Real-time inverse planning for Gamma Knife radiosurgery.

Published

Journal Article

The challenges of real-time Gamma Knife inverse planning are the large number of variables involved and the unknown search space a priori. With limited collimator sizes, shots have to be heavily overlapped to form a smooth prescription isodose line that conforms to the irregular target shape. Such overlaps greatly influence the total number of shots per plan, making pre-determination of the total number of shots impractical. However, this total number of shots usually defines the search space, a pre-requisite for most of the optimization methods. Since each shot only covers part of the target, a collection of shots in different locations and various collimator sizes selected makes up the global dose distribution that conforms to the target. Hence, planning or placing these shots is a combinatorial optimization process that is computationally expensive by nature. We have previously developed a theory of shot placement and optimization based on skeletonization. The real-time inverse planning process, reported in this paper, is an expansion and the clinical implementation of this theory. The complete planning process consists of two steps. The first step is to determine an optimal number of shots including locations and sizes and to assign initial collimator size to each of the shots. The second step is to fine-tune the weights using a linear-programming technique. The objective function is to minimize the total dose to the target boundary (i.e., maximize the dose conformity). Results of an ellipsoid test target and ten clinical cases are presented. The clinical cases are also compared with physician's manual plans. The target coverage is more than 99% for manual plans and 97% for all the inverse plans. The RTOG PITV conformity indices for the manual plans are between 1.16 and 3.46, compared to 1.36 to 2.4 for the inverse plans. All the inverse plans are generated in less than 2 min, making real-time inverse planning a reality.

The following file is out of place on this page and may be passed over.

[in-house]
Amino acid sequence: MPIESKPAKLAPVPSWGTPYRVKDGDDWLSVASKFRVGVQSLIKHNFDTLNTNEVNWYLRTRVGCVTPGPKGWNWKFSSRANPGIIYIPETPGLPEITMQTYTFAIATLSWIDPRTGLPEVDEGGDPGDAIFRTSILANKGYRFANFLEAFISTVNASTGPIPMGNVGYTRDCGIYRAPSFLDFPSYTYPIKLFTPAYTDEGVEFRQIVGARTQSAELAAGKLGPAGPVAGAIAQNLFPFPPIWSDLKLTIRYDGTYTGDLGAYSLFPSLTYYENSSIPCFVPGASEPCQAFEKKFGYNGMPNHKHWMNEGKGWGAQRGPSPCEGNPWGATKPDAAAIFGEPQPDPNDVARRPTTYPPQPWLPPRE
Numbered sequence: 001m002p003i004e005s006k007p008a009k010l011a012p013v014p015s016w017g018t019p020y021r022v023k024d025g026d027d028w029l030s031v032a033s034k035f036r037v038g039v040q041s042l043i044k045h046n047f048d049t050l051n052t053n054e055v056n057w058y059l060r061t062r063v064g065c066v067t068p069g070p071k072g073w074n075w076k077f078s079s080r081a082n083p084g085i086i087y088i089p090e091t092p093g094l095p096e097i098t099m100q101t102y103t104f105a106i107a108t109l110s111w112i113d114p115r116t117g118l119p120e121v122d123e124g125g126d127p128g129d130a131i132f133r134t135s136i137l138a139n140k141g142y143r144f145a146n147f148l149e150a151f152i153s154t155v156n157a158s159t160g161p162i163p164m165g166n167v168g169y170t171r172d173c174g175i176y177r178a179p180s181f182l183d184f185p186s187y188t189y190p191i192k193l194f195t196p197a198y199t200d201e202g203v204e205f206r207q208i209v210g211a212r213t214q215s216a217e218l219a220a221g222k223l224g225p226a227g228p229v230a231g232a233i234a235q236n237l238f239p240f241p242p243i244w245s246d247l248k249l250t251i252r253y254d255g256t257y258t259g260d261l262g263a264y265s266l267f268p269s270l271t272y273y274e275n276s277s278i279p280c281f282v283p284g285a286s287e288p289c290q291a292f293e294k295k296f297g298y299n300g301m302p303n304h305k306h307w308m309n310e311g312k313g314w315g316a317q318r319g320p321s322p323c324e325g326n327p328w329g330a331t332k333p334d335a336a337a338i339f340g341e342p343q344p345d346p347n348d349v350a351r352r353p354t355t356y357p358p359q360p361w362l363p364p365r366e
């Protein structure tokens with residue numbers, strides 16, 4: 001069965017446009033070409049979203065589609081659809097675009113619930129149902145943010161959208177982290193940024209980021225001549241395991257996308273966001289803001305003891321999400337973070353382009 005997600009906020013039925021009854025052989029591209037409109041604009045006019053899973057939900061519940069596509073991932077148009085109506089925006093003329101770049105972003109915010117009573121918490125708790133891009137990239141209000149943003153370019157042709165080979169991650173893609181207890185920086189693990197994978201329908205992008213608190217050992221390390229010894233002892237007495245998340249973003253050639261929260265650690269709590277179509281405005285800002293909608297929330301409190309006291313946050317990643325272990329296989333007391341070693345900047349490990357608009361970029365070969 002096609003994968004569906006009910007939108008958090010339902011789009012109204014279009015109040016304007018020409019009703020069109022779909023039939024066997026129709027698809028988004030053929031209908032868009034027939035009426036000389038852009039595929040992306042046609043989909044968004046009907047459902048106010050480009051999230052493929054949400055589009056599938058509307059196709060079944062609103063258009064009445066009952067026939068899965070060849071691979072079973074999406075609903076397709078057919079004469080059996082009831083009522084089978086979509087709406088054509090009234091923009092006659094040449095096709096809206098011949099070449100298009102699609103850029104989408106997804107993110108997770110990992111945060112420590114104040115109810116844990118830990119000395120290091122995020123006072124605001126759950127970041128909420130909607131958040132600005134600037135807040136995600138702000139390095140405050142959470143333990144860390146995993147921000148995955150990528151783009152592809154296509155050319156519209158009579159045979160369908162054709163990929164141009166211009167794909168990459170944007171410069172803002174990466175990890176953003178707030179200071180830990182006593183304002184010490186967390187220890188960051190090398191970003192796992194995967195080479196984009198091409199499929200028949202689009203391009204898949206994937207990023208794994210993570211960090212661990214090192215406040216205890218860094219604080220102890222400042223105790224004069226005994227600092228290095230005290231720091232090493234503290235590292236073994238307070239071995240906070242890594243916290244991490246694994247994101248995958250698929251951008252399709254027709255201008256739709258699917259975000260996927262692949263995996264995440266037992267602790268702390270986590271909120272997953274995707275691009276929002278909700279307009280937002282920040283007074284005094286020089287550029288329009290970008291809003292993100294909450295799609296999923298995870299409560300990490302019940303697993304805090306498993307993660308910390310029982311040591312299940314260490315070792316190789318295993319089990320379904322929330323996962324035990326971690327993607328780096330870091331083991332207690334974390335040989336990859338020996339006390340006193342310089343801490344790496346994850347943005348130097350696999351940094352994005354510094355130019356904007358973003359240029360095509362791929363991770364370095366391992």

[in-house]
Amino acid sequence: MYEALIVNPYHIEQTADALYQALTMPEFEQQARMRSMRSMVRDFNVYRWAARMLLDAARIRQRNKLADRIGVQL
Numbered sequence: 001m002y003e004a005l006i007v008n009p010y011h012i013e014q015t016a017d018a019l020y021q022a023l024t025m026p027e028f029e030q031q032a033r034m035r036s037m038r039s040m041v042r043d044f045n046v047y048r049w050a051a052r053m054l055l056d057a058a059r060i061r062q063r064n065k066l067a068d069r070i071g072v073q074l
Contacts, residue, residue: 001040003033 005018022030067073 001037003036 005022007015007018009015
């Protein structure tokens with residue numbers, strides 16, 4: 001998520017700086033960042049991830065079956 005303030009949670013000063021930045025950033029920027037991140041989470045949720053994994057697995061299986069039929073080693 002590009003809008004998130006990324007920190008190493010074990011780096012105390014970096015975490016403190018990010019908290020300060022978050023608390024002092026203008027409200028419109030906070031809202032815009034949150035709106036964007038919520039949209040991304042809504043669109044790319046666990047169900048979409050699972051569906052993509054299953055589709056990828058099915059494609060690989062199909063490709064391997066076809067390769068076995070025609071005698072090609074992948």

Full Text

Duke Authors

Cited Authors

  • Wu, QJ; Chankong, V; Jitprapaikulsarn, S; Wessels, BW; Einstein, DB; Mathayomchan, B; Kinsella, TJ

Published Date

  • November 2003

Published In

Volume / Issue

  • 30 / 11

Start / End Page

  • 2988 - 2995

PubMed ID

  • 14655946

Pubmed Central ID

  • 14655946

International Standard Serial Number (ISSN)

  • 0094-2405

Digital Object Identifier (DOI)

  • 10.1118/1.1621463

Language

  • eng

Conference Location

  • United States